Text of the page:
It's as if the trees and the leaves, the earth and the rocks were speaking in tongues.
Unwound sorcerer Justin Trosper. Photo courtesy of Kill Rock Stars.

InsiderOne - The Drama You've Been Craving

Monday April. 30, 2001

unwound Invent The Future

The sound of darkness and light, nothing and everything

By Michael Goldberg

It begins with a tone. One note, held for just over two minutes, as if they were clearing the room, purifying it. You can't ignore it, and so you focus. You become centered and calm. Your mind clears. You are ready.

A minimal electric guitar riff floats from the right speaker; the tone fades, and a second electric-guitar melody emerges from the left.

It has begun. You have entered the sonic landscape that is unwound.

First I listened to the new album, Leaves Turn Inside You ten times through speakers. I listened in the room where I write. I listened early in the morning; I listened late at night. I listened as I drove through the countryside in my car one morning. The music was intense and powerful, and, at times, so, so beautiful. The end of "Terminus" is like fresh water, like ice held against your skin, like a whisper.

I listened with headphones. You must listen to Leaves Turn Inside You with headphones. In no other way will you experience the totality of this epic two-CD album.

The Way Out

Loud and fast was the way of most punks for the longest time. Sonic Youth offered a way out, and unwound — drummer Sara Lund, bassist Vern Rumsey and singer/guitarist Justin Trosper — took them up on it. They seem not in the least afraid of letting their music take them where it will. The music here is elegant, serene even. Yet unwound, who started as a punk band in 1991, and were the first band signed to Kill Rock Stars, retain their punk edge. They dare to do it their way. There is a cello on one song, a harpsichord on another, mellotron on many. And some amazing guitar.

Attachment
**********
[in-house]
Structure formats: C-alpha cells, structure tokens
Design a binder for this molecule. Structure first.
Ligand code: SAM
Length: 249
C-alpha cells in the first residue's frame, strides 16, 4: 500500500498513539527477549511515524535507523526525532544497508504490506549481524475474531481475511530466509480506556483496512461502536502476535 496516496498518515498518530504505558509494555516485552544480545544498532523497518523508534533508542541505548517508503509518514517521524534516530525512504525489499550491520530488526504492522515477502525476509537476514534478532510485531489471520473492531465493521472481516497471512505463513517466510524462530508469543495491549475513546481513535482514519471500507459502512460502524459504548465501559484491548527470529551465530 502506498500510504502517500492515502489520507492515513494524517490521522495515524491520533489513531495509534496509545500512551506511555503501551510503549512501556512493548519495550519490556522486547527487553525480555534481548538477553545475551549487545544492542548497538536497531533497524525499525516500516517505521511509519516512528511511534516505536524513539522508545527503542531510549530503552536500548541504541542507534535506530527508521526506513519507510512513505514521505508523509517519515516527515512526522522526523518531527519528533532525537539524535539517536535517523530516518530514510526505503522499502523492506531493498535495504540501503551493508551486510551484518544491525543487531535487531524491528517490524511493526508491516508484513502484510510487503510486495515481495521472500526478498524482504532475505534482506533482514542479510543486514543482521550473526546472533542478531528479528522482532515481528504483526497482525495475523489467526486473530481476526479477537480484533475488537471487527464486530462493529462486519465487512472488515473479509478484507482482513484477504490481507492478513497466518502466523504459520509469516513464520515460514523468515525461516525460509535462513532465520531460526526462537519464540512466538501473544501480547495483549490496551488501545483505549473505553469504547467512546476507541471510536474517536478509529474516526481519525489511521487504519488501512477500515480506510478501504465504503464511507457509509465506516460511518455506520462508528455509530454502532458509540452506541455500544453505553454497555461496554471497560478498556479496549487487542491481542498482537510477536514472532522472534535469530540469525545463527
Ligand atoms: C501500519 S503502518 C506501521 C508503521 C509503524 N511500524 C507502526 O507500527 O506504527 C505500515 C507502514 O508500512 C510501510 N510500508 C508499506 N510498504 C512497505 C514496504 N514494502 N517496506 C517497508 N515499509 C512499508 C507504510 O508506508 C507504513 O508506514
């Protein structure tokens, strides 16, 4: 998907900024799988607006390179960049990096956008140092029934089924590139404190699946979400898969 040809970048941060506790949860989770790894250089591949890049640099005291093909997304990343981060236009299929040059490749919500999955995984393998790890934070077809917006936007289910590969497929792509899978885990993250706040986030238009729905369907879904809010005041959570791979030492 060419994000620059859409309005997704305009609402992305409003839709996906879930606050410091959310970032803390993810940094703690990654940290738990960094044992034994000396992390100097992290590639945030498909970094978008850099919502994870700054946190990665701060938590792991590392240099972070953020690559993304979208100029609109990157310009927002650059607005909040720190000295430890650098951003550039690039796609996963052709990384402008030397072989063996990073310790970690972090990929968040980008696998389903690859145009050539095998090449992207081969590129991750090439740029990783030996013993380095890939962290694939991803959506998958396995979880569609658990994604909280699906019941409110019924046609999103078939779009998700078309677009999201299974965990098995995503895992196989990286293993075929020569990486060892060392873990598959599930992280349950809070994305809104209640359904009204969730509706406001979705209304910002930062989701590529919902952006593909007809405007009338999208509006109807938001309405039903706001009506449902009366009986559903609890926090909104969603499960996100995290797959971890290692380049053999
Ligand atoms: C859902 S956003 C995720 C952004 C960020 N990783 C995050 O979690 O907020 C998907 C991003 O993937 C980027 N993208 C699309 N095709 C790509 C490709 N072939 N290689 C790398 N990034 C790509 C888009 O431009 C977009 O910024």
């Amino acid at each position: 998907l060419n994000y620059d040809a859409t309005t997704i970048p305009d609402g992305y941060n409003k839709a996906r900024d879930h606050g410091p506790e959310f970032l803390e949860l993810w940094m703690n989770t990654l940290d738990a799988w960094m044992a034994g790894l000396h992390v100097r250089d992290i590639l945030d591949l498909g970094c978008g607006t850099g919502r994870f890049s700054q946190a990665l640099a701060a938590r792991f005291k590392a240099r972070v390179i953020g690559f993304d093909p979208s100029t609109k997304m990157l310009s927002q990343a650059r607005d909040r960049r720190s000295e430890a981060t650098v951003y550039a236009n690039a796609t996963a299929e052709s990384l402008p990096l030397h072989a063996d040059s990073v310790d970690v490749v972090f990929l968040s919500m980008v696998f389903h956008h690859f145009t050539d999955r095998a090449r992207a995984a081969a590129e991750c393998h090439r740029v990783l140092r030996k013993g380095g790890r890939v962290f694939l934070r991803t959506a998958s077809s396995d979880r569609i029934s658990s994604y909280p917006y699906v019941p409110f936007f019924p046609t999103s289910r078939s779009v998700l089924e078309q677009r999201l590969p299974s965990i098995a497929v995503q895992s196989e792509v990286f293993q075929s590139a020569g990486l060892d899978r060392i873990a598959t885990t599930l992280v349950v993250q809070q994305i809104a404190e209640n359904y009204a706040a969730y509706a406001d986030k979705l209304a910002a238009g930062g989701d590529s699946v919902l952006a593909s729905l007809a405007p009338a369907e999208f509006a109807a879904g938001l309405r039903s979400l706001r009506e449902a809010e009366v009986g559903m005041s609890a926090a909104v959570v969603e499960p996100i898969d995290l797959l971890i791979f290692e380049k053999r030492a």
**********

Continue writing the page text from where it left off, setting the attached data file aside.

Everything about Leaves Turn Inside You is special, from the foldout, purple-and-lavender-lettered, muted-black cover that contains two CDs — no jewel box for this band! — to the CDs themselves, each of which has a black, white and grey picture of a wild horse on the surface. It's like a magic black box. It almost glows.

Sometimes the instruments combine into a blast of sound, as if they were a single instrument. The sound intensity increases, and then, in "Off This Century," Trosper talk/sings: "It's every bastard for himself."

Some songs here speak to me of things gone wrong — of betrayal by lovers, of rebirth and salvation, of the end of the world, or, perhaps worse, a world where "everything is a commercial." But nothing is literal, and I don't pretend to know what, specifically, Justin Trosper is saying in these songs. It's as if the trees and the leaves, the earth and the rocks were speaking in tongues.

Pretty Modern Version

In an interview on the Kill Rock Stars site, Trosper explains what the group was going for as they made the album: "I've always been inspired by the late 60s psych recording (even early on) but I don't think we really got to touch on that stuff until now ... When we started mixing it, I felt like we could make a pretty modern version of a 67/68 era record without really sounding like one of those bands. Also I was really inspired by the 'Berlin' era of Eno/Bowie. And as usual, "Metal box/second edition" PIL, even though it doesn't really sound anything like it."

Listening to Leaves Turn Inside You is like watching Ingmar Bergman's Through A Glass Darkly or perhaps Persona. It's like walking through an exhibit of Jackson Pollock's work. Like trying to read Thomas Pynchon's Gravity's Rainbow. Only not like any of that.

The music is heavy and light, exciting and drowsy, bright and sad, hard and soft. But that doesn't tell the half of it. It's like the most wonderful story you've ever read — and the most tragic. The happiest day of your life, and a day of despair. Winning the lottery and learning you have cancer.

It is as if unwound decided that in the indie world, where, ideally, bands can create exactly the music they want with no concessions to the marketplace, they were going to make one of the great albums of all time. I imagine this band, in MagRecOne, the studio they built in Olympia, Wash., having the guts and the vision and the focus. Setting out to reinvent what an album can be — and doing just that.

Michael Goldberg is the president of He founded Addicted To Noise in 1994.

© 2001 Michael Goldberg. All rights reserved.